Ontario's Seatbelt Law turns 40 this year. It was enacted in 1976, making seatbelt use mandatory. Cars were already being built with seatbelts by that point—although none came with belts before 1962.
According to the 2013 Ontario Road Safety Annual Report, over 90 per cent of Ontarians now wear their seatbelts—and as a result, the fatality rate has fallen an amazing 85 percent.
But even with the knowledge that wearing a seatbelt dramatically increases chances of surviving a collision, some people still don’t do it.
In 2012, about one in every four motorists killed on Ontario's roads was unbelted. And in the same year, 31,398 drivers and passengers were penalized for not wearing seatbelts.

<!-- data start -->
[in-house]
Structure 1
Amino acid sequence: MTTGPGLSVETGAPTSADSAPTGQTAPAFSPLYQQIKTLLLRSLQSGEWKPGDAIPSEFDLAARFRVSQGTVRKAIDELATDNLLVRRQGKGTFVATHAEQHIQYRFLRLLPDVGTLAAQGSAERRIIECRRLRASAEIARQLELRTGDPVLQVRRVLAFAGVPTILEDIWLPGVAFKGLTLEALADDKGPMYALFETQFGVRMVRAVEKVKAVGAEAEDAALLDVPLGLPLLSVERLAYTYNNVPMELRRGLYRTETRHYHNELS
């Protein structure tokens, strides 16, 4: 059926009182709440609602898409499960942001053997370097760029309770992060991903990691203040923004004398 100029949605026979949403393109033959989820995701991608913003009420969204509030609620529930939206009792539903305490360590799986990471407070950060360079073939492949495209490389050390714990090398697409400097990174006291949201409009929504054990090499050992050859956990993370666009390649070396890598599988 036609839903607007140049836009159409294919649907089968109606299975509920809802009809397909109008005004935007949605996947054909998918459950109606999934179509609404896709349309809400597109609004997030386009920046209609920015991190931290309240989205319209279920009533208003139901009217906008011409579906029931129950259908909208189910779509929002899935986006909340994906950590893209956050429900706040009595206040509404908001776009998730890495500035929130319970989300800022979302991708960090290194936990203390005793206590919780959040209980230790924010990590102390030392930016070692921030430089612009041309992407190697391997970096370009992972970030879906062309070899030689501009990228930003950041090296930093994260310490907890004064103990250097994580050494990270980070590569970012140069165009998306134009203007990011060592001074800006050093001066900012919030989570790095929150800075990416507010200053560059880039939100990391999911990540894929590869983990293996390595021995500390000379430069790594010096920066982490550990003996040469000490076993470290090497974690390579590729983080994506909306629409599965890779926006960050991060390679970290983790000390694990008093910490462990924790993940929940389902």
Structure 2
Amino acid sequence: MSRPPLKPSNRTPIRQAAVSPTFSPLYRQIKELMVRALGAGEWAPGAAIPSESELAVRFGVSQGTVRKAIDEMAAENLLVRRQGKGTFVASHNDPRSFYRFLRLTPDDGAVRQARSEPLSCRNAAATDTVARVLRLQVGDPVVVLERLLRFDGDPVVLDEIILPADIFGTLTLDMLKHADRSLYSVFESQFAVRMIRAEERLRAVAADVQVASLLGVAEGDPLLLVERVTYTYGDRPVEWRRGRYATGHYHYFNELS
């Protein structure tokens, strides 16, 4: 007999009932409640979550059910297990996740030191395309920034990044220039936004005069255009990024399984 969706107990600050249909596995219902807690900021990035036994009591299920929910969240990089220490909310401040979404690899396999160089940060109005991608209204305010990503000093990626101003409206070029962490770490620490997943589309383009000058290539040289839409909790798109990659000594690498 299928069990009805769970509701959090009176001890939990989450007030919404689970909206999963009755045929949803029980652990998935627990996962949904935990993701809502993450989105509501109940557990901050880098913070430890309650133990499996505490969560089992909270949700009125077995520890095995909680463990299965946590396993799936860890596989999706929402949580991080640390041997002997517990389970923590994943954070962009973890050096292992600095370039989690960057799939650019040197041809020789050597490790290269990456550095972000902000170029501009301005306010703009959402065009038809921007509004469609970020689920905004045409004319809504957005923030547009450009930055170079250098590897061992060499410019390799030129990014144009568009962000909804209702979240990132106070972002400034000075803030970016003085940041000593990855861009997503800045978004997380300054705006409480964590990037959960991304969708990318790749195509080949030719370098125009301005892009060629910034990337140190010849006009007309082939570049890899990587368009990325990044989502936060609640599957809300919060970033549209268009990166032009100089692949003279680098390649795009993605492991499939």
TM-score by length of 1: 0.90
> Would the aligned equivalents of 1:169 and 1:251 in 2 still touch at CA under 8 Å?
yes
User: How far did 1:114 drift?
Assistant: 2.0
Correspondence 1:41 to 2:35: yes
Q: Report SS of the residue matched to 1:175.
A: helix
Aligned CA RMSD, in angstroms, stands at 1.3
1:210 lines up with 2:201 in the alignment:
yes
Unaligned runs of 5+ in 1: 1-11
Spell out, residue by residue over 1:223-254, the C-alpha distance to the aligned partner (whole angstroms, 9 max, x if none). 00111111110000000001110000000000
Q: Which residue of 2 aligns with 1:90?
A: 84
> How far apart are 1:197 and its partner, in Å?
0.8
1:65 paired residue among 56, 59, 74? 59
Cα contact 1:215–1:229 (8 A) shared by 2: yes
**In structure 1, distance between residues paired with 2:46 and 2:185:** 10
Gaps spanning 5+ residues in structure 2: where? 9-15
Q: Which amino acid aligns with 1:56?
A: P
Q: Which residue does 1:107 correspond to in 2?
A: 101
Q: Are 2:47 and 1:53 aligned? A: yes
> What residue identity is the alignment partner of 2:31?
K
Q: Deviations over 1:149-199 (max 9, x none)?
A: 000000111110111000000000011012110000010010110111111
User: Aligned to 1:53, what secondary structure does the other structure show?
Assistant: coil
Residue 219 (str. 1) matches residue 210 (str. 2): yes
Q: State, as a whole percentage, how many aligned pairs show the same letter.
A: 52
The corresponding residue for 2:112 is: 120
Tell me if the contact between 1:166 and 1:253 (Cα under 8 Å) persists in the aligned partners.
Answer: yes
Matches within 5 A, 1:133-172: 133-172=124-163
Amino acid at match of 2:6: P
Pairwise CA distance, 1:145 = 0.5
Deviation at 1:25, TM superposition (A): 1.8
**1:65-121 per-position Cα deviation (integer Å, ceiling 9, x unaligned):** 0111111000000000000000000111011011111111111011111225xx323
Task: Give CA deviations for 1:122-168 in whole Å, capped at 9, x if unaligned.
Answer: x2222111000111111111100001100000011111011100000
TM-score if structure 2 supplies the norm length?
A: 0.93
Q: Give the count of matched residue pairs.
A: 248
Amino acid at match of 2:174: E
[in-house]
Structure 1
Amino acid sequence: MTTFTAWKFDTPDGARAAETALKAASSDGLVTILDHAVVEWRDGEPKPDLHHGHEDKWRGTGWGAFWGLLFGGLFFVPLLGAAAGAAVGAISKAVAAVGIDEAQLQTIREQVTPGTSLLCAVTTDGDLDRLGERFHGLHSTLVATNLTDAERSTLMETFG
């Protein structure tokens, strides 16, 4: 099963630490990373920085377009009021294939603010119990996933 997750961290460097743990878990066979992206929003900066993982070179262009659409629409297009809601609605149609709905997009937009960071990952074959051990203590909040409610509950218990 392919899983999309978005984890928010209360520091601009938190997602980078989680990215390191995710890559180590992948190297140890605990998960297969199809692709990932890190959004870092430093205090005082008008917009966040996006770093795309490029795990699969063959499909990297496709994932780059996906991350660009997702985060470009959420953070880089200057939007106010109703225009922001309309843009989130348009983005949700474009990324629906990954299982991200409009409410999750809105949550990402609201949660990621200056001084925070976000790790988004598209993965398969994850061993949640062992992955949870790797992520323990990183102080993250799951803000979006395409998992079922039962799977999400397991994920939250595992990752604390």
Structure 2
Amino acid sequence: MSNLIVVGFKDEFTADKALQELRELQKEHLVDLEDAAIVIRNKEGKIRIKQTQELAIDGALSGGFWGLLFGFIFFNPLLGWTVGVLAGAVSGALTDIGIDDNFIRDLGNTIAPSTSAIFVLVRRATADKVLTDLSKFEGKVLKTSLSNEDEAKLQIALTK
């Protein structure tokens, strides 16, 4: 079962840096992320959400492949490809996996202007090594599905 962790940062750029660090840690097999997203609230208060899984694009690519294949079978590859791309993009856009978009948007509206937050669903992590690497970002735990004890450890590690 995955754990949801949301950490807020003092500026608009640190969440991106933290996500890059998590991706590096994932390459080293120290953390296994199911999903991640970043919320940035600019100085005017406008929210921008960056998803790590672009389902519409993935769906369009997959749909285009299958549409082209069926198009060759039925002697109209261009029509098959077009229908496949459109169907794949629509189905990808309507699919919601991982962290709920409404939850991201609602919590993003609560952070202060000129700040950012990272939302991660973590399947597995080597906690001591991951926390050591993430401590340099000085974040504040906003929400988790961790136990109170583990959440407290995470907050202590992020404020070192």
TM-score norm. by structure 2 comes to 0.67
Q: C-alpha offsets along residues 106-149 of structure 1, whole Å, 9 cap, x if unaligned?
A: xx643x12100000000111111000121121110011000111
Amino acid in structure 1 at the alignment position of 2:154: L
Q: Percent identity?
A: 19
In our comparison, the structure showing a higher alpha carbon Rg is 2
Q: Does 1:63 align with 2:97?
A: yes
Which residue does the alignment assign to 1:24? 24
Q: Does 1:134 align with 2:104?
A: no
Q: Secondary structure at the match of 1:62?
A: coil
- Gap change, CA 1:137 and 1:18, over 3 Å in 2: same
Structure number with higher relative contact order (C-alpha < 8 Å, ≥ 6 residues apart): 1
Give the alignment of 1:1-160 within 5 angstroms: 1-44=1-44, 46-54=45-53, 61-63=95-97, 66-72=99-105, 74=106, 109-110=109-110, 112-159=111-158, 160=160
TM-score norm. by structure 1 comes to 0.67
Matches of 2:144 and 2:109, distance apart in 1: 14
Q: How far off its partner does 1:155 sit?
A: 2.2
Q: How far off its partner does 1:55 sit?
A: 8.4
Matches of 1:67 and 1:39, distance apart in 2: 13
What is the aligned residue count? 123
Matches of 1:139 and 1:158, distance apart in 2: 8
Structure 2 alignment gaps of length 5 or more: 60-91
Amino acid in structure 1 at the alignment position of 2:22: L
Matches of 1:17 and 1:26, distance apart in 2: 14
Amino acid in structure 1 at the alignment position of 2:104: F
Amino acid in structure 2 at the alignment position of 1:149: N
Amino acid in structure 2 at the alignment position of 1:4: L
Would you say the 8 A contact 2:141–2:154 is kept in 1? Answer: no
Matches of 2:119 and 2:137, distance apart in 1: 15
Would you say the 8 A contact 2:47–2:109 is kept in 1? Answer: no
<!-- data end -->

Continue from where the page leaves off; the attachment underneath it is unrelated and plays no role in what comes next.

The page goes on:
To mark the 40th anniversary of Ontario's mandatory seatbelt law, both the OPP and the Canadian Automobile Association, South Central Ontario are reminding motorists to buckle up.
“Every year, our officers tend to crash victims of all ages who are not buckled in at the time of the collision,” adds the OPP. “More often than not, they die as a result of being ejected, partially ejected, or from the physical trauma they sustained inside the vehicle.”
“Fortunately, our officers have also witnessed numerous victims survive their ordeal as a result of being restrained in their seat.
“Every life is worth the five seconds it takes to buckle up.”